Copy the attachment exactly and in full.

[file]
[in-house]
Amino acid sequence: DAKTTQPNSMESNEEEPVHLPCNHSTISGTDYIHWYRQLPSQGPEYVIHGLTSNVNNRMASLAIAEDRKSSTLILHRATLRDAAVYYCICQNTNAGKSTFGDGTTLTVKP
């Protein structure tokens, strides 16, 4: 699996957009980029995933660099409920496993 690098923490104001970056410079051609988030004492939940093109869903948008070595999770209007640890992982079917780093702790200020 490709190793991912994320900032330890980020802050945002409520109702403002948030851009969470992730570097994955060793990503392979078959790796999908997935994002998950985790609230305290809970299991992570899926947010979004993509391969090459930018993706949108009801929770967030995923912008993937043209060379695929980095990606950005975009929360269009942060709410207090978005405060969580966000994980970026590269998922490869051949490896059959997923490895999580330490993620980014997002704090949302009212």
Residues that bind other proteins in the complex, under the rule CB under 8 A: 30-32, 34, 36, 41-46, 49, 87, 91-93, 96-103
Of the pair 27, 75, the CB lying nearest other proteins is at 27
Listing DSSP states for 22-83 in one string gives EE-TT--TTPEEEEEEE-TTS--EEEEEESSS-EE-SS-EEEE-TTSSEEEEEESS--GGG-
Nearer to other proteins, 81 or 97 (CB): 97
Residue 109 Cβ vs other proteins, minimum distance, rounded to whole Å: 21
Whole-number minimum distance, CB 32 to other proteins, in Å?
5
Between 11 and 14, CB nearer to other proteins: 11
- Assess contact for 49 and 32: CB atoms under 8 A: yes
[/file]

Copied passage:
[in-house]
Amino acid sequence: DAKTTQPNSMESNEEEPVHLPCNHSTISGTDYIHWYRQLPSQGPEYVIHGLTSNVNNRMASLAIAEDRKSSTLILHRATLRDAAVYYCICQNTNAGKSTFGDGTTLTVKP
């Protein structure tokens, strides 16, 4: 699996957009980029995933660099409920496993 690098923490104001970056410079051609988030004492939940093109869903948008070595999770209007640890992982079917780093702790200020 490709190793991912994320900032330890980020802050945002409520109702403002948030851009969470992730570097994955060793990503392979078959790796999908997935994002998950985790609230305290809970299991992570899926947010979004993509391969090459930018993706949108009801929770967030995923912008993937043209060379695929980095990606950005975009929360269009942060709410207090978005405060969580966000994980970026590269998922490869051949490896059959997923490895999580330490993620980014997002704090949302009212």
Residues that bind other proteins in the complex, under the rule CB under 8 A: 30-32, 34, 36, 41-46, 49, 87, 91-93, 96-103
Of the pair 27, 75, the CB lying nearest other proteins is at 27
Listing DSSP states for 22-83 in one string gives EE-TT--TTPEEEEEEE-TTS--EEEEEESSS-EE-SS-EEEE-TTSSEEEEEESS--GGG-
Nearer to other proteins, 81 or 97 (CB): 97
Residue 109 Cβ vs other proteins, minimum distance, rounded to whole Å: 21
Whole-number minimum distance, CB 32 to other proteins, in Å?
5
Between 11 and 14, CB nearer to other proteins: 11
- Assess contact for 49 and 32: CB atoms under 8 A: yes